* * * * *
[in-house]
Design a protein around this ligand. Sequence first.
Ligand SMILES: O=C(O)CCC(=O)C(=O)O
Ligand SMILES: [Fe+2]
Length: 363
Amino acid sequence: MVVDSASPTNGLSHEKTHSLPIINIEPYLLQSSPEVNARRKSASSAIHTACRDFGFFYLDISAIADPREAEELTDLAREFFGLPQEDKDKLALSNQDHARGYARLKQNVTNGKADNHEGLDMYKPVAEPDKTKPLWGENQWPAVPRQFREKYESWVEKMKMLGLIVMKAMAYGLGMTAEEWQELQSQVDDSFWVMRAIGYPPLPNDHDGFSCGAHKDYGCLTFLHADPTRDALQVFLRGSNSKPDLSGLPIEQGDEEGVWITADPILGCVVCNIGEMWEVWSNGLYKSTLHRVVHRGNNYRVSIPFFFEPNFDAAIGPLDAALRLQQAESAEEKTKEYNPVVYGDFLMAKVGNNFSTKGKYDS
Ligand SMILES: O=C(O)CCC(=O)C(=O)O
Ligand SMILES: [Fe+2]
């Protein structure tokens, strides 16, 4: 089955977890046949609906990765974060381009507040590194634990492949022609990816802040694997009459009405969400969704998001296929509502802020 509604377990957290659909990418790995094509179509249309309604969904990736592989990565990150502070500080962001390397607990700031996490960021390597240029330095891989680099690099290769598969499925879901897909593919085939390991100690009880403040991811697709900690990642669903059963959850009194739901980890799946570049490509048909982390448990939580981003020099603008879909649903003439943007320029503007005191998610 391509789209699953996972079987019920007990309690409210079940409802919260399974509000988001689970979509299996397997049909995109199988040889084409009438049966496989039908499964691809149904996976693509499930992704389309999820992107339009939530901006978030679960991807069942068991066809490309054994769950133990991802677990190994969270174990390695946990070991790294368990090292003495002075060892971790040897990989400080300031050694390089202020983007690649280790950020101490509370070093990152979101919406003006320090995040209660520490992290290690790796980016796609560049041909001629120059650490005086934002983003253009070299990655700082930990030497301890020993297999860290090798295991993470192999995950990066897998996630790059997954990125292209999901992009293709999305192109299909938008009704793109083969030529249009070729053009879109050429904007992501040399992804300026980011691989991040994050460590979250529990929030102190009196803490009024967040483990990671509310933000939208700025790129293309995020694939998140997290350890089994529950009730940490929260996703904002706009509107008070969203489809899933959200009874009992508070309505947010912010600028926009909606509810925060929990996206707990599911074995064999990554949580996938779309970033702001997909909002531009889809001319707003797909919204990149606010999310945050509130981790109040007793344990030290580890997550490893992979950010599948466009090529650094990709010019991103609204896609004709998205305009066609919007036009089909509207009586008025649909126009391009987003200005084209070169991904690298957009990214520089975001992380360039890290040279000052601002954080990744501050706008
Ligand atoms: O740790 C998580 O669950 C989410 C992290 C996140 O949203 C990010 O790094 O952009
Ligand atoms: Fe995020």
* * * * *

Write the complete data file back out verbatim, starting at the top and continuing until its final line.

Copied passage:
[in-house]
Design a protein around this ligand. Sequence first.
Ligand SMILES: O=C(O)CCC(=O)C(=O)O
Ligand SMILES: [Fe+2]
Length: 363
Amino acid sequence: MVVDSASPTNGLSHEKTHSLPIINIEPYLLQSSPEVNARRKSASSAIHTACRDFGFFYLDISAIADPREAEELTDLAREFFGLPQEDKDKLALSNQDHARGYARLKQNVTNGKADNHEGLDMYKPVAEPDKTKPLWGENQWPAVPRQFREKYESWVEKMKMLGLIVMKAMAYGLGMTAEEWQELQSQVDDSFWVMRAIGYPPLPNDHDGFSCGAHKDYGCLTFLHADPTRDALQVFLRGSNSKPDLSGLPIEQGDEEGVWITADPILGCVVCNIGEMWEVWSNGLYKSTLHRVVHRGNNYRVSIPFFFEPNFDAAIGPLDAALRLQQAESAEEKTKEYNPVVYGDFLMAKVGNNFSTKGKYDS
Ligand SMILES: O=C(O)CCC(=O)C(=O)O
Ligand SMILES: [Fe+2]
């Protein structure tokens, strides 16, 4: 089955977890046949609906990765974060381009507040590194634990492949022609990816802040694997009459009405969400969704998001296929509502802020 509604377990957290659909990418790995094509179509249309309604969904990736592989990565990150502070500080962001390397607990700031996490960021390597240029330095891989680099690099290769598969499925879901897909593919085939390991100690009880403040991811697709900690990642669903059963959850009194739901980890799946570049490509048909982390448990939580981003020099603008879909649903003439943007320029503007005191998610 391509789209699953996972079987019920007990309690409210079940409802919260399974509000988001689970979509299996397997049909995109199988040889084409009438049966496989039908499964691809149904996976693509499930992704389309999820992107339009939530901006978030679960991807069942068991066809490309054994769950133990991802677990190994969270174990390695946990070991790294368990090292003495002075060892971790040897990989400080300031050694390089202020983007690649280790950020101490509370070093990152979101919406003006320090995040209660520490992290290690790796980016796609560049041909001629120059650490005086934002983003253009070299990655700082930990030497301890020993297999860290090798295991993470192999995950990066897998996630790059997954990125292209999901992009293709999305192109299909938008009704793109083969030529249009070729053009879109050429904007992501040399992804300026980011691989991040994050460590979250529990929030102190009196803490009024967040483990990671509310933000939208700025790129293309995020694939998140997290350890089994529950009730940490929260996703904002706009509107008070969203489809899933959200009874009992508070309505947010912010600028926009909606509810925060929990996206707990599911074995064999990554949580996938779309970033702001997909909002531009889809001319707003797909919204990149606010999310945050509130981790109040007793344990030290580890997550490893992979950010599948466009090529650094990709010019991103609204896609004709998205305009066609919007036009089909509207009586008025649909126009391009987003200005084209070169991904690298957009990214520089975001992380360039890290040279000052601002954080990744501050706008
Ligand atoms: O740790 C998580 O669950 C989410 C992290 C996140 O949203 C990010 O790094 O952009
Ligand atoms: Fe995020």